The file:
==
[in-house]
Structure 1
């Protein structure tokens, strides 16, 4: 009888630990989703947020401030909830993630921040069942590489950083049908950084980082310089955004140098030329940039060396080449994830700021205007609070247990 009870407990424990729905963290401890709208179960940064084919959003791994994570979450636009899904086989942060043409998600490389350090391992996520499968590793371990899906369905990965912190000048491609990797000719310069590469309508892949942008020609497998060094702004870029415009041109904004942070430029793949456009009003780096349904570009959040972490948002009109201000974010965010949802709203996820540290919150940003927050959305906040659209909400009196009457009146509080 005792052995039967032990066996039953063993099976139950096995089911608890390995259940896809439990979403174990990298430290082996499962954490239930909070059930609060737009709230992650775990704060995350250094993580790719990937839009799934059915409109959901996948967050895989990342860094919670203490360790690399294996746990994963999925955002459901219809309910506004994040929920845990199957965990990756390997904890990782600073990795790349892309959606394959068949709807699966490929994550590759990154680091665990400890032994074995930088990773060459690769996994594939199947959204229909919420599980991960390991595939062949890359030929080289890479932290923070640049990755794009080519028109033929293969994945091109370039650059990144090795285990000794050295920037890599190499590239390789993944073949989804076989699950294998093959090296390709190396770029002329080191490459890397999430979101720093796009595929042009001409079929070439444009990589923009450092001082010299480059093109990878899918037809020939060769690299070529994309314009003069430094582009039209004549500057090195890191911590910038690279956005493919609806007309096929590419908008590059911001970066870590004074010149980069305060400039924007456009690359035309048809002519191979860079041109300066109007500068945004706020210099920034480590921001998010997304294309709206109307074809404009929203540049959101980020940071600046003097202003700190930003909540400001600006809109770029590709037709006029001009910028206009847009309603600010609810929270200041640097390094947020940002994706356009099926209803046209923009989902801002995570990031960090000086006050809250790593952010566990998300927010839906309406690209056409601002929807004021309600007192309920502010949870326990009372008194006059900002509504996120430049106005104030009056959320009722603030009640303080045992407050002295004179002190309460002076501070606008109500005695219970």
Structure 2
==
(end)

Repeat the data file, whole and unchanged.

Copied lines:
[in-house]
Structure 1
């Protein structure tokens, strides 16, 4: 009888630990989703947020401030909830993630921040069942590489950083049908950084980082310089955004140098030329940039060396080449994830700021205007609070247990 009870407990424990729905963290401890709208179960940064084919959003791994994570979450636009899904086989942060043409998600490389350090391992996520499968590793371990899906369905990965912190000048491609990797000719310069590469309508892949942008020609497998060094702004870029415009041109904004942070430029793949456009009003780096349904570009959040972490948002009109201000974010965010949802709203996820540290919150940003927050959305906040659209909400009196009457009146509080 005792052995039967032990066996039953063993099976139950096995089911608890390995259940896809439990979403174990990298430290082996499962954490239930909070059930609060737009709230992650775990704060995350250094993580790719990937839009799934059915409109959901996948967050895989990342860094919670203490360790690399294996746990994963999925955002459901219809309910506004994040929920845990199957965990990756390997904890990782600073990795790349892309959606394959068949709807699966490929994550590759990154680091665990400890032994074995930088990773060459690769996994594939199947959204229909919420599980991960390991595939062949890359030929080289890479932290923070640049990755794009080519028109033929293969994945091109370039650059990144090795285990000794050295920037890599190499590239390789993944073949989804076989699950294998093959090296390709190396770029002329080191490459890397999430979101720093796009595929042009001409079929070439444009990589923009450092001082010299480059093109990878899918037809020939060769690299070529994309314009003069430094582009039209004549500057090195890191911590910038690279956005493919609806007309096929590419908008590059911001970066870590004074010149980069305060400039924007456009690359035309048809002519191979860079041109300066109007500068945004706020210099920034480590921001998010997304294309709206109307074809404009929203540049959101980020940071600046003097202003700190930003909540400001600006809109770029590709037709006029001009910028206009847009309603600010609810929270200041640097390094947020940002994706356009099926209803046209923009989902801002995570990031960090000086006050809250790593952010566990998300927010839906309406690209056409601002929807004021309600007192309920502010949870326990009372008194006059900002509504996120430049106005104030009056959320009722603030009640303080045992407050002295004179002190309460002076501070606008109500005695219970």
Structure 2